Asian Subway done right (and better).
I have long heard of Maki-san, with their first store established back at Cathay building in 2012. Always walking past it but never actually having the chance to try it, so I was rather excited when the Maki-san team invited us over to their new i12 Katong Outlet for their 3rd anniversary birthday party celebration.
They have managed to keep a very contemporary theme with their nuked neon color scheme – a match of dark green, turquoise blue and white that gives the place a very vibrant vibe.
The sushi rolls are served in boxes with quirky pop art designs; I have friends that actually go all out to collect those. The walls strewn with stickers and a comic sans-ish typography (although I wouldn’t approve of using comic sans font on anything) that adds to the funky vibe. You can tell a lot of design process was invested behind the whole Maki-san branding.
The outlets are very space optimal too, with the counter tucked in one counter and the remaining space as a seating area. One outlet can usually house approximately 20 people. I went to the anniversary party with one of our other writers Sam where we both had the chance to make the DIY Maki’s ourselves. It was pretty intuitive, just stuff the rice roll with the toppings you want and roll it up with the bamboo mat.
A rather awkward photo of myself with my finished rice roll.
I would call them the Japanese version of DIY subways, as instead of sandwiches they serve DIY makis. Start from your choice of wrap rice, filling and then your sauce before your maki is wrapped and served.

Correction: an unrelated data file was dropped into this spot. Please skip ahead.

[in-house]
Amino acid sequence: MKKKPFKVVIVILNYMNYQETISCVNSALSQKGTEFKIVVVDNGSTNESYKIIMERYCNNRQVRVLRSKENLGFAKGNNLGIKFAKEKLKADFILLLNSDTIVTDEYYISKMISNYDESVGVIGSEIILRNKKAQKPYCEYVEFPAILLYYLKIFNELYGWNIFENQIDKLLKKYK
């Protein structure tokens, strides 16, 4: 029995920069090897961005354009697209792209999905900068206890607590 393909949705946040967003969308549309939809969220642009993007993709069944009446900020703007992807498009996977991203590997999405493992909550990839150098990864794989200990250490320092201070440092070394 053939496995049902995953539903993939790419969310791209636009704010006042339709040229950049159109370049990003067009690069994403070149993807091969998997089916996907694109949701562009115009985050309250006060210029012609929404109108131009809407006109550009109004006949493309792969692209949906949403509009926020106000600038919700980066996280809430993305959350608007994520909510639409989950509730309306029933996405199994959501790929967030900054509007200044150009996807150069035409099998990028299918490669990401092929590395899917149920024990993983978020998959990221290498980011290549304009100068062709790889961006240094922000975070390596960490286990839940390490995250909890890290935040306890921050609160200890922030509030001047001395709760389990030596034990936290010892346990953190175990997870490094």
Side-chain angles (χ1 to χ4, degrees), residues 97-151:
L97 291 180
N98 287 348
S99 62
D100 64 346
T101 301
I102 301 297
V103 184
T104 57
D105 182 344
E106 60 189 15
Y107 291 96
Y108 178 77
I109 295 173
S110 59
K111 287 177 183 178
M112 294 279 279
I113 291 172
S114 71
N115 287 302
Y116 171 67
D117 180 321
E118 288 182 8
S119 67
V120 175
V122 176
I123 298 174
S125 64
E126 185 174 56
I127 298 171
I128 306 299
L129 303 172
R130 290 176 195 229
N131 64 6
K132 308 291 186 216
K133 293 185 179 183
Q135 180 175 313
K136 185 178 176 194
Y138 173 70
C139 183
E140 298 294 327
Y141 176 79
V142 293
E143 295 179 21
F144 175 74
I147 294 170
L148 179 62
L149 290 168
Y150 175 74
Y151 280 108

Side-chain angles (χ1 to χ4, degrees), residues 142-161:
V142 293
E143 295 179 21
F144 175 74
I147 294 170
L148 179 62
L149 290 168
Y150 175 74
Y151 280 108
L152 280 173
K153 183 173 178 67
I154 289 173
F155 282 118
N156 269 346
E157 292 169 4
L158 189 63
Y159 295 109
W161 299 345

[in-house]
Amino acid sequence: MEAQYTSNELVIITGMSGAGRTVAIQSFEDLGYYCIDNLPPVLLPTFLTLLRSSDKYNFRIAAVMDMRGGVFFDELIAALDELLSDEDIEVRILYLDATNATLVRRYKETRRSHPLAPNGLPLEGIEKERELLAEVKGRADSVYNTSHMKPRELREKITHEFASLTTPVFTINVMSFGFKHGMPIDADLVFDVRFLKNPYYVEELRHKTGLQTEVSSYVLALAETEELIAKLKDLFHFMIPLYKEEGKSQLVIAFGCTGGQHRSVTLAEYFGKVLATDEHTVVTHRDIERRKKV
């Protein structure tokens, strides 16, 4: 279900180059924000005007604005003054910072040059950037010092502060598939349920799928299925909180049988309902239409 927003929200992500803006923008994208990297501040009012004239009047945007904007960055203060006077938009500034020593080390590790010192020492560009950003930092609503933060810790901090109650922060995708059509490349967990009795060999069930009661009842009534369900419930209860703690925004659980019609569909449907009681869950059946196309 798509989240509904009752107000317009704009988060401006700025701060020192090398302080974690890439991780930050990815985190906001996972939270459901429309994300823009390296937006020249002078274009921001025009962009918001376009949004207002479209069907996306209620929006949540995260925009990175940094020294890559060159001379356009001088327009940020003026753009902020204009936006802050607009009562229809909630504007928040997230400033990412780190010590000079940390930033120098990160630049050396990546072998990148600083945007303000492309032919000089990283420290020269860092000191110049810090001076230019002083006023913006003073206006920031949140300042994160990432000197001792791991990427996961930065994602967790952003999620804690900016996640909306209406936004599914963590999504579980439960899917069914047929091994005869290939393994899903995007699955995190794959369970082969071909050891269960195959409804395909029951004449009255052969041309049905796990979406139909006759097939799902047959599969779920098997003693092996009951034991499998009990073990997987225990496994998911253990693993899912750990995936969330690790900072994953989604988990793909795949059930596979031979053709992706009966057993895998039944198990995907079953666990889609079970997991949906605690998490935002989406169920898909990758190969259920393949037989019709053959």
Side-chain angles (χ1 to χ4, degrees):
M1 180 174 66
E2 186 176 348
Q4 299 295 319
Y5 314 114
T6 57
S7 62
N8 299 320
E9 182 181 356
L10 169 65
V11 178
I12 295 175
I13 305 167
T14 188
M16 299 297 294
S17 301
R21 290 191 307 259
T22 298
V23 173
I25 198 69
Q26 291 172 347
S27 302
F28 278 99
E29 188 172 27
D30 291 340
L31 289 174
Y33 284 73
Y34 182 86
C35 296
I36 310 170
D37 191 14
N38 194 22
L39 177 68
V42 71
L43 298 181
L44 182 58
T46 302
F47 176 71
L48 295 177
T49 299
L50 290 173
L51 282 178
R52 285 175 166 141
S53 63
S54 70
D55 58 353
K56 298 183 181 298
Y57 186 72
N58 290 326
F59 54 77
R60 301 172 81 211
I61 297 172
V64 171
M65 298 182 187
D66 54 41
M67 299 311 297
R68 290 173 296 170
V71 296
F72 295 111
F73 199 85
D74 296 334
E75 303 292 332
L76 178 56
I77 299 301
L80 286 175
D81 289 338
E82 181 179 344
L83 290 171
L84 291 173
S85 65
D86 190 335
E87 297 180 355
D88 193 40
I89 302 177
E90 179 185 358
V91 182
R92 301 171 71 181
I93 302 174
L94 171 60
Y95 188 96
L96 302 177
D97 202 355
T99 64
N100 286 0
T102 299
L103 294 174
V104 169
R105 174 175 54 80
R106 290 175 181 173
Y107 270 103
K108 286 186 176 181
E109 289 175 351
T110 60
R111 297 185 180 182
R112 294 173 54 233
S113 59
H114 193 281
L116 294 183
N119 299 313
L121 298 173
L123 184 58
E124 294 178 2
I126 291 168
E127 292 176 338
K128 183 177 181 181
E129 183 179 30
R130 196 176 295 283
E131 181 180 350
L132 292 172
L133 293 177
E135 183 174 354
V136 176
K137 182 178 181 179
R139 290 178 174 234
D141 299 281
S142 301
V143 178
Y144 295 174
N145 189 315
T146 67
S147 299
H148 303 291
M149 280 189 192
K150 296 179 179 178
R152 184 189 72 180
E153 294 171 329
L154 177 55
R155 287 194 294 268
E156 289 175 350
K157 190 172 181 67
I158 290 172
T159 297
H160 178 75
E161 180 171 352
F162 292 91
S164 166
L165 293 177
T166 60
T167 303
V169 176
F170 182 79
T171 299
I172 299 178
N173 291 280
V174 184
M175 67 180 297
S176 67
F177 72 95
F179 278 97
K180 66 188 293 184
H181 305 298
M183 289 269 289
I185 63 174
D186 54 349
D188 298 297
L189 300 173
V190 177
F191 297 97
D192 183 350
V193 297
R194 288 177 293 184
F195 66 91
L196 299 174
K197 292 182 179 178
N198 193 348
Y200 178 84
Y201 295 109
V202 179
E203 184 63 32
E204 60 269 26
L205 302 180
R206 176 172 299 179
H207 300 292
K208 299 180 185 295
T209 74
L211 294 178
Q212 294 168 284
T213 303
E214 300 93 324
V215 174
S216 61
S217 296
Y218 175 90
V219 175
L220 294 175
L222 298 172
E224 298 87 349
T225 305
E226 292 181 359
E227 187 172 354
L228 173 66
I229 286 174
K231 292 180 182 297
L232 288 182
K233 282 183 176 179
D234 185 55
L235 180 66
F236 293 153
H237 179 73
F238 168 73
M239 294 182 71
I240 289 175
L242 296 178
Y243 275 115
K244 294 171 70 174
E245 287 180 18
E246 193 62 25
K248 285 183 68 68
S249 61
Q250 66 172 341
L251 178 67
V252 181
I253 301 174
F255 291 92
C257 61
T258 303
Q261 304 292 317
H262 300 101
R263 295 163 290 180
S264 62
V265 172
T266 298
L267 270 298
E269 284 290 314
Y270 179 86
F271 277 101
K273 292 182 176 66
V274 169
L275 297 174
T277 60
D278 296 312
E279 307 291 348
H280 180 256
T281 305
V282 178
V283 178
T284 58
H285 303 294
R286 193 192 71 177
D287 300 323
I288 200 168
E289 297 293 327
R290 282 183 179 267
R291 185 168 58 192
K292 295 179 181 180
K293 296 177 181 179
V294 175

Selection-wise, they have quite a few fillings available like Duck, Tuna, Bak Kwa, Chicken etc. Their exceptional freshness despite being a chain is where they stand out, particularly in the sashimi salmon. The other meats were rather dry, given the preparation method so it did not really catch my attention as much.
Their feta cheese stood out to me. So I went a bit crazy with it, adding too much and it ended up masking the taste of all the other ingredients i put into the mega-san I made. I was rather surprised that the Brown rice did not have that harsh grainy taste i was accustomed to, the difference with white rice was rather indiscernible really.
Sam’s rice roll fared much better – he took a generous serving of salmon, splashed some avocados, golden mushrooms, tobiko (I am mostly recording this down for future use) before adding fried onions that gave the maki this slightly crispy aftertaste. The resulting rice roll was chunky without being too jelak. The salmon also was exceptionally fresh, exceptionally meaty with the fishy taste completely absent.
The DIY Makis come with either 3 or 5 toppings – the Little-san ($7.90) and Mega-san ($9.90) I had 2 pieces of the Mega-san and was already full, for people with a smaller appetite like myself I suggest you to stick with the former.
Maki-san also offers a separate list of tempura snack options in 2 price ranges. The onions, enoki mushrooms ($3.90) and the soft shell crab and ebi at $7.50. I had a chance to try the enoki mushrooms but found it rather lackluster, it mostly just tasted like batter really.
I preferred the soft shell crab, at least the taste of the soft shell crab went through. It went quite nicely with the crispy batter really. I do still find it a bit pricey at $7.50, but definitely cheaper than a full restaurant.
The whole event was rather short, we then proceeded on to cut the cake. One shaped in the form of a sushi of course before everyone went their separate ways. Personally, I am quite in love with the rice roll concept.
Prices may be a bit steeper for your average lunch but for something (convincingly) healthy, filling and easy to have on the go, the premium is quite worth paying for. I do think they need to do more R&D and improve on their signatures beyond the maki itself. The influx of rice concept stores like QQ rice will make this part of the F&B industry one to watch.
Expect Damage: $8 -$12 per pax